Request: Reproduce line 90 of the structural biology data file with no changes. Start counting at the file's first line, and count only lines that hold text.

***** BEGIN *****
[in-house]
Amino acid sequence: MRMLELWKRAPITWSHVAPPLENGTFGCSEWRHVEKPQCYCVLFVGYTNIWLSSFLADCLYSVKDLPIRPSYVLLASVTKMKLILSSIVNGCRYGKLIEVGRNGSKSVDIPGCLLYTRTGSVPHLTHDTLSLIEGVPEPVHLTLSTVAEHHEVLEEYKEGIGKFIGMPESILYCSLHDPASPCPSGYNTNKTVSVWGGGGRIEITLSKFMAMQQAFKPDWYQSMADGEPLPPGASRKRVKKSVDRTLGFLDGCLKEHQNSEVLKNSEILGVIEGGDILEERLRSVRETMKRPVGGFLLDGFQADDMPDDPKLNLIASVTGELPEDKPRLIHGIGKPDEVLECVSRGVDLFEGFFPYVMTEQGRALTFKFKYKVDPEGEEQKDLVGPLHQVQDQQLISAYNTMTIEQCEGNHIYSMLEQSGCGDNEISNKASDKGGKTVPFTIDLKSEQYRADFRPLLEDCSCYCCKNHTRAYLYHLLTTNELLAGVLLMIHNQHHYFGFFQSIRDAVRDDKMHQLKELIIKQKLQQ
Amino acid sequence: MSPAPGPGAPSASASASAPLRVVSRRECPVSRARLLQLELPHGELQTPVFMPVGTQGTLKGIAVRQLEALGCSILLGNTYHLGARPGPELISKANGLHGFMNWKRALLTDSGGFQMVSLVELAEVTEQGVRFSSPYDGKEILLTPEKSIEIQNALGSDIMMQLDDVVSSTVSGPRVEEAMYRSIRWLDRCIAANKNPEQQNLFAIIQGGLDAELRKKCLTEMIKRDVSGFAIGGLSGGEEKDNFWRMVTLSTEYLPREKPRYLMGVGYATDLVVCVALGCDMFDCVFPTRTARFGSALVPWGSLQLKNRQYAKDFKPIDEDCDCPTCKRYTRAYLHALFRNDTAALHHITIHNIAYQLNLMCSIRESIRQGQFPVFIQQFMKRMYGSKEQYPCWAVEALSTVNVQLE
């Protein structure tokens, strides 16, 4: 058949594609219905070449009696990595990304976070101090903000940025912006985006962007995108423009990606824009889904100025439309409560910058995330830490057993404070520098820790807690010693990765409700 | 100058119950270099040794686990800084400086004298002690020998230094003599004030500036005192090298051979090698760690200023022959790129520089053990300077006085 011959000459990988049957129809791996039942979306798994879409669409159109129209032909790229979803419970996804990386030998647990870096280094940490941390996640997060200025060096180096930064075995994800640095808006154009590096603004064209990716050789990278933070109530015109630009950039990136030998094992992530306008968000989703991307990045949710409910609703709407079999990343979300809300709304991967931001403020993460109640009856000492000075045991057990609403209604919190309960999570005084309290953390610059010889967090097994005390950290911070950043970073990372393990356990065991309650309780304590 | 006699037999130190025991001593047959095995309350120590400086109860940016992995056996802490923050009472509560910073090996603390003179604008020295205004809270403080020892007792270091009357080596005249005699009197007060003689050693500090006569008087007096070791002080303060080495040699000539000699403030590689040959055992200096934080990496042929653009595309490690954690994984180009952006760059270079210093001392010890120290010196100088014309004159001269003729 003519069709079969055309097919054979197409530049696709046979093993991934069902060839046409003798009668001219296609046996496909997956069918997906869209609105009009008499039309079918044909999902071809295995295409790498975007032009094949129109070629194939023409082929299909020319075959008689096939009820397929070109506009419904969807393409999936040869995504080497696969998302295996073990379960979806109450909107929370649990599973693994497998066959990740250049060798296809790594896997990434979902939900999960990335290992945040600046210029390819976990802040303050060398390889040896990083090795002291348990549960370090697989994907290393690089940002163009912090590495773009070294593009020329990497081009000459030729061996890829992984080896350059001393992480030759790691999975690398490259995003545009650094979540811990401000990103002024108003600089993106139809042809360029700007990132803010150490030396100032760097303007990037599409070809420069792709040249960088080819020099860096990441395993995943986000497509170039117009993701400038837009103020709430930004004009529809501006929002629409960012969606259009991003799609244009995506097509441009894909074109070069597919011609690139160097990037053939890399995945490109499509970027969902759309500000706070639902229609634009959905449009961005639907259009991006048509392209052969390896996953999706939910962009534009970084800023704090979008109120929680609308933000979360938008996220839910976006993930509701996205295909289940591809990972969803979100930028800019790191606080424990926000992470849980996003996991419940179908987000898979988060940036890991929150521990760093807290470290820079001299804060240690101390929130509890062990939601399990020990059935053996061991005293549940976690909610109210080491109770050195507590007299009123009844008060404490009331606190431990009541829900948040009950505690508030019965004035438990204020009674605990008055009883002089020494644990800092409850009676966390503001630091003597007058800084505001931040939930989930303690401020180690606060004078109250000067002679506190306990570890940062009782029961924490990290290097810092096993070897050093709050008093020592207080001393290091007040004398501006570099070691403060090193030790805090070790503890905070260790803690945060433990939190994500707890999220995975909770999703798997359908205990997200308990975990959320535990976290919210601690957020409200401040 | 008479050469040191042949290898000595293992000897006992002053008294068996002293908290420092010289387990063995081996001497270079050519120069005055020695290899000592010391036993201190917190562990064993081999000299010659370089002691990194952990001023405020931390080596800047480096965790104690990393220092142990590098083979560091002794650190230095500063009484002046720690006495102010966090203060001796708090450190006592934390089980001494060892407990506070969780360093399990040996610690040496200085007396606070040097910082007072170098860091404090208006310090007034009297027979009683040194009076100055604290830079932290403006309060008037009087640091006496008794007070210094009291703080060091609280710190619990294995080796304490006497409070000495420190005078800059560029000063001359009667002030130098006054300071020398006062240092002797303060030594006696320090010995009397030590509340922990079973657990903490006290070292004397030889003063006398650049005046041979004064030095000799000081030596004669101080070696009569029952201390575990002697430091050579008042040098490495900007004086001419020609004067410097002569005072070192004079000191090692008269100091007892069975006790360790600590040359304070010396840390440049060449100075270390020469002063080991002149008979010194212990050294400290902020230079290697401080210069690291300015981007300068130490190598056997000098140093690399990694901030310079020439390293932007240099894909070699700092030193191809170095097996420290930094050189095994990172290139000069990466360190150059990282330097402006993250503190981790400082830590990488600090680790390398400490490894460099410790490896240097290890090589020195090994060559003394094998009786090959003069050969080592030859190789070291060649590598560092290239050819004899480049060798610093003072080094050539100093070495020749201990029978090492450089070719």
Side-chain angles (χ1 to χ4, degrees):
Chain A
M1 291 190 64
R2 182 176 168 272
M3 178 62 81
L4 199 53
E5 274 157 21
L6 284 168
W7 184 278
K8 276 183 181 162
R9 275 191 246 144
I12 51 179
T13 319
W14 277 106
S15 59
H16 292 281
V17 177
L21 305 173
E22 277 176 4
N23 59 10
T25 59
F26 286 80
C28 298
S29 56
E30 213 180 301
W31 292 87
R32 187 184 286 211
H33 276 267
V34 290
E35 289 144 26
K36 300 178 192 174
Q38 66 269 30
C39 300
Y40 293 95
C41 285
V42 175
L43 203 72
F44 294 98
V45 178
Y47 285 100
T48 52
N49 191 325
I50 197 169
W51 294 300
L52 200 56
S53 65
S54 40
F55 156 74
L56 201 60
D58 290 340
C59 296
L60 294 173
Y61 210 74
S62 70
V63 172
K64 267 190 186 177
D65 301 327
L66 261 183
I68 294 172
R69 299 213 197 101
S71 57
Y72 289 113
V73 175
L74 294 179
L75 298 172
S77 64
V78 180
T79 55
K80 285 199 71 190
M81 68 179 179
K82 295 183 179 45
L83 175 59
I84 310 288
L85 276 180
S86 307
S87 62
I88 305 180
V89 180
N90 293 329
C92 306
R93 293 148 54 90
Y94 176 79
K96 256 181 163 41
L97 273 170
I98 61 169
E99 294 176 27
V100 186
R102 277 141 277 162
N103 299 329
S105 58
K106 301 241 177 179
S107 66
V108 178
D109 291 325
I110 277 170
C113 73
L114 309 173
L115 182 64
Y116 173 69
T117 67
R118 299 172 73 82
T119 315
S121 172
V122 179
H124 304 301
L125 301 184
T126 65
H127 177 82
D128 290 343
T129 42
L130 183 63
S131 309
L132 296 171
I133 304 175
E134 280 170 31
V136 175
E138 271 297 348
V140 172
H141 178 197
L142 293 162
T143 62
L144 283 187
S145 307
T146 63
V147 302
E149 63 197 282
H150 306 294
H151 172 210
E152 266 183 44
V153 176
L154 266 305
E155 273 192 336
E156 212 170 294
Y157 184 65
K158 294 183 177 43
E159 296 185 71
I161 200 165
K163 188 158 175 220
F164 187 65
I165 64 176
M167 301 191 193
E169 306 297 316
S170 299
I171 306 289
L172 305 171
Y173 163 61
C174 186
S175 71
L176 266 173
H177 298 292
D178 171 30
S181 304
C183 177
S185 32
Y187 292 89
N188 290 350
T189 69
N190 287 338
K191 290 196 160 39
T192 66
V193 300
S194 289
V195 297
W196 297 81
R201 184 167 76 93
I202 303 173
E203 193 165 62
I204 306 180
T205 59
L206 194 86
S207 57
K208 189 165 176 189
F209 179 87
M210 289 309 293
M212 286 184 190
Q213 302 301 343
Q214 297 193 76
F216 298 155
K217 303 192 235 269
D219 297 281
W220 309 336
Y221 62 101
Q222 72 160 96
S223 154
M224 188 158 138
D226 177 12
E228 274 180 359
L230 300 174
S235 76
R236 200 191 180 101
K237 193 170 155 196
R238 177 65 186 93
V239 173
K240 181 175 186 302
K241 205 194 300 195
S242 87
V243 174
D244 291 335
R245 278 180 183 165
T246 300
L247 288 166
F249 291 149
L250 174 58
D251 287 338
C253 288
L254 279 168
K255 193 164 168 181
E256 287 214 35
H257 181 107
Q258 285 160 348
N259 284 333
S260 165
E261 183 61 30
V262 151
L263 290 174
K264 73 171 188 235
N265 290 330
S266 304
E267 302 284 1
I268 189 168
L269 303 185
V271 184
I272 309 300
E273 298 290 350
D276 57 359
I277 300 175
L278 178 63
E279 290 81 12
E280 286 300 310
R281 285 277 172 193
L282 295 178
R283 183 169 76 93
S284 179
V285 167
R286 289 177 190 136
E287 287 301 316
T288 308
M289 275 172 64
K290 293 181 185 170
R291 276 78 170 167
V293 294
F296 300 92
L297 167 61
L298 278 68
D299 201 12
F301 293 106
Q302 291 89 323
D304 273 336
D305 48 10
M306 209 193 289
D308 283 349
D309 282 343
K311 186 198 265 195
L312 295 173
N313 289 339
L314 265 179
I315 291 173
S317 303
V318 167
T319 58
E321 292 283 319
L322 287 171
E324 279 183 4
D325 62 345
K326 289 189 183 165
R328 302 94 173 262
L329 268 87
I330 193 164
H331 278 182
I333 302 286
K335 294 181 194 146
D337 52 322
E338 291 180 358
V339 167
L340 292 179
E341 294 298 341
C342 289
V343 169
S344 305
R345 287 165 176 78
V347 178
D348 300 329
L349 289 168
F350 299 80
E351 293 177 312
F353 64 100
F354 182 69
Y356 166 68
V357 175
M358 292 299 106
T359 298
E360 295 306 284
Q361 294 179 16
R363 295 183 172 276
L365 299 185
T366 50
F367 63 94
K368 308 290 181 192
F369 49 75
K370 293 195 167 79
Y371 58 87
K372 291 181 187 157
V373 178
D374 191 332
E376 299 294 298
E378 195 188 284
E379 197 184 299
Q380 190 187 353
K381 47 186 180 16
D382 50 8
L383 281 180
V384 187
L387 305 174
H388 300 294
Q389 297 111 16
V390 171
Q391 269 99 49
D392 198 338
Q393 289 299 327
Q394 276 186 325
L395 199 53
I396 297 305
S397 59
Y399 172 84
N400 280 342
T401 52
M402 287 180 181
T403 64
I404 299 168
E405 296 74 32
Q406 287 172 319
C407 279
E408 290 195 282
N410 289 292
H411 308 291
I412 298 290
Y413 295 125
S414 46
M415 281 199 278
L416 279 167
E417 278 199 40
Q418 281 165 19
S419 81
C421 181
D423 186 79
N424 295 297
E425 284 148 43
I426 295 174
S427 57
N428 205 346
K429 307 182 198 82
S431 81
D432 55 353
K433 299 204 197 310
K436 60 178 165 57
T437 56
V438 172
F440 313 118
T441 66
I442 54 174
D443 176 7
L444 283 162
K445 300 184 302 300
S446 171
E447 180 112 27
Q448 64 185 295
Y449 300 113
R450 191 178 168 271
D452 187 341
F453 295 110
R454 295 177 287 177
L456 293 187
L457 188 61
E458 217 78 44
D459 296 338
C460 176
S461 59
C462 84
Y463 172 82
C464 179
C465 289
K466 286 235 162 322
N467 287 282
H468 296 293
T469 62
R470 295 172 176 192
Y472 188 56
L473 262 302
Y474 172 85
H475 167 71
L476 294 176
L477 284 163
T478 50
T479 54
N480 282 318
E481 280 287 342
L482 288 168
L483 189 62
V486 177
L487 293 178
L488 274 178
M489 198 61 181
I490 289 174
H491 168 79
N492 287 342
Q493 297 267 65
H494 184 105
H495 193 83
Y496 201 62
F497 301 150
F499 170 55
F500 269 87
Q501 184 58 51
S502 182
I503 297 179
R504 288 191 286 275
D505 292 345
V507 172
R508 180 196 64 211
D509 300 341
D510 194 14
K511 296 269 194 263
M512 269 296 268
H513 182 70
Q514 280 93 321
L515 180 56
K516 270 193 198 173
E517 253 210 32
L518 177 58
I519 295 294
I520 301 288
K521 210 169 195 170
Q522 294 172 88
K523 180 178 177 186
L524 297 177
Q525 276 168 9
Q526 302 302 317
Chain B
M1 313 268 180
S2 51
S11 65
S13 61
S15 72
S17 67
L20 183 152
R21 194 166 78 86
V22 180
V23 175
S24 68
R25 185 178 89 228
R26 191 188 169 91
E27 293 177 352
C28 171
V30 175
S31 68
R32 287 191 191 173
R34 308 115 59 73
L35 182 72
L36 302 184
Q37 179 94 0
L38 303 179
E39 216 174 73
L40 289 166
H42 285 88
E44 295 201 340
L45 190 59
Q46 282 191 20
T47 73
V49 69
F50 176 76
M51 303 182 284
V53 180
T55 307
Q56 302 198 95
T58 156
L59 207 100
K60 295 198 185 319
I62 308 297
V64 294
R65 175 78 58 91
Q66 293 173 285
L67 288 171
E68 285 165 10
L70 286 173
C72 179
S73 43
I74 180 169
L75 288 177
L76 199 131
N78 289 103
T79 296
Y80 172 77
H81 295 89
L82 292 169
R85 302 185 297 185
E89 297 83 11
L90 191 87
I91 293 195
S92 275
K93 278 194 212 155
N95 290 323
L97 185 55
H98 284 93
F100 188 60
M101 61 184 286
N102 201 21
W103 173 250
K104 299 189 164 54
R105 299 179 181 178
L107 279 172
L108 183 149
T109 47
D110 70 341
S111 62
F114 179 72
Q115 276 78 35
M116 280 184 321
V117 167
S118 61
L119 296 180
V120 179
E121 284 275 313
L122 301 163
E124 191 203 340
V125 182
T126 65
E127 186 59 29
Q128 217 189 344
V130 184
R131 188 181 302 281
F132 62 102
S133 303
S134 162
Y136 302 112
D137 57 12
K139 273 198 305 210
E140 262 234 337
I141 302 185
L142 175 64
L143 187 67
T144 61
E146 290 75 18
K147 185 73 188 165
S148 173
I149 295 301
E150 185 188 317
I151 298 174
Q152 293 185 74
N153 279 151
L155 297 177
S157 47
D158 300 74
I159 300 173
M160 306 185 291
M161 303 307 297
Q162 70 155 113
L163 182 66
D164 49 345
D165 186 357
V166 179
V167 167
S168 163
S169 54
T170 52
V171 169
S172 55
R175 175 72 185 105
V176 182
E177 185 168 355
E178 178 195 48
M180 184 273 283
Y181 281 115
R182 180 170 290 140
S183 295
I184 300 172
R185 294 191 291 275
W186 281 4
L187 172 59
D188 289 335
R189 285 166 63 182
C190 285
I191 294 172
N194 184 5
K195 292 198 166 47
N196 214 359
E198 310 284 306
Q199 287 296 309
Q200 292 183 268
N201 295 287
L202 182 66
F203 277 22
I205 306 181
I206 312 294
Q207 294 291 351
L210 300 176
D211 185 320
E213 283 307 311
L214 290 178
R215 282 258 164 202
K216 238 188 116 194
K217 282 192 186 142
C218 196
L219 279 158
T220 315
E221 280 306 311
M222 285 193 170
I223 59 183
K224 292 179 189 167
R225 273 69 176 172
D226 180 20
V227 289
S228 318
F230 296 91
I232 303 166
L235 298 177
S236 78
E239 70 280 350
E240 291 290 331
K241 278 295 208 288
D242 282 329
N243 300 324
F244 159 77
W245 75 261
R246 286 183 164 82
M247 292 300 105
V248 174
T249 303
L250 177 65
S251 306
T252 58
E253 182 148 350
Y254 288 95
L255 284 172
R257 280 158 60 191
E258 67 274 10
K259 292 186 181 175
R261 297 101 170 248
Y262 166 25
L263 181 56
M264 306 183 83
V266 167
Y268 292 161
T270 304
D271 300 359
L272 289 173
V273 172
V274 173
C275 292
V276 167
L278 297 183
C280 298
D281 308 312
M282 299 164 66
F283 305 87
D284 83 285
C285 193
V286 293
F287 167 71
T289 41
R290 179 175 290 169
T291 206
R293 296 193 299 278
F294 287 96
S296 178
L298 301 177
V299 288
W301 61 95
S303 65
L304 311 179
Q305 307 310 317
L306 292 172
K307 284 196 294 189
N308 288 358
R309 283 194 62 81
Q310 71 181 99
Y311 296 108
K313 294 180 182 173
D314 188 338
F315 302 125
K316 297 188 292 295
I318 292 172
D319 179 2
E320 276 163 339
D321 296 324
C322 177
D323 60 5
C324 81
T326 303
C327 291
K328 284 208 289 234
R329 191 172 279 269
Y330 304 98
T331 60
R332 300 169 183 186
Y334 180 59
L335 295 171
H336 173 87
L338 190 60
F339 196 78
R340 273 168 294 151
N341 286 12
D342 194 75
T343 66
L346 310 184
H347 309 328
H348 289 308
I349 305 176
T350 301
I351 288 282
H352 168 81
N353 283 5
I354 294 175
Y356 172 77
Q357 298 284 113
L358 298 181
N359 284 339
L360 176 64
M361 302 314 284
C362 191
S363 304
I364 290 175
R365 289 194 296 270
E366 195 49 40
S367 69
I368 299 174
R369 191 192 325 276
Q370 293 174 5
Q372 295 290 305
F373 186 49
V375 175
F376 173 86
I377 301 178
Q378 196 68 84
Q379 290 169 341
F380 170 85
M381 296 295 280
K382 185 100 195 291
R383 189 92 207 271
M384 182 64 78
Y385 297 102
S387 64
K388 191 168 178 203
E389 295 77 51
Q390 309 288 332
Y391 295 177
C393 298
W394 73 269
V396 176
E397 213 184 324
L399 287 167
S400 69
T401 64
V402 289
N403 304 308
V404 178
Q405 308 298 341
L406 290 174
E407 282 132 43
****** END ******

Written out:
E99 294 176 27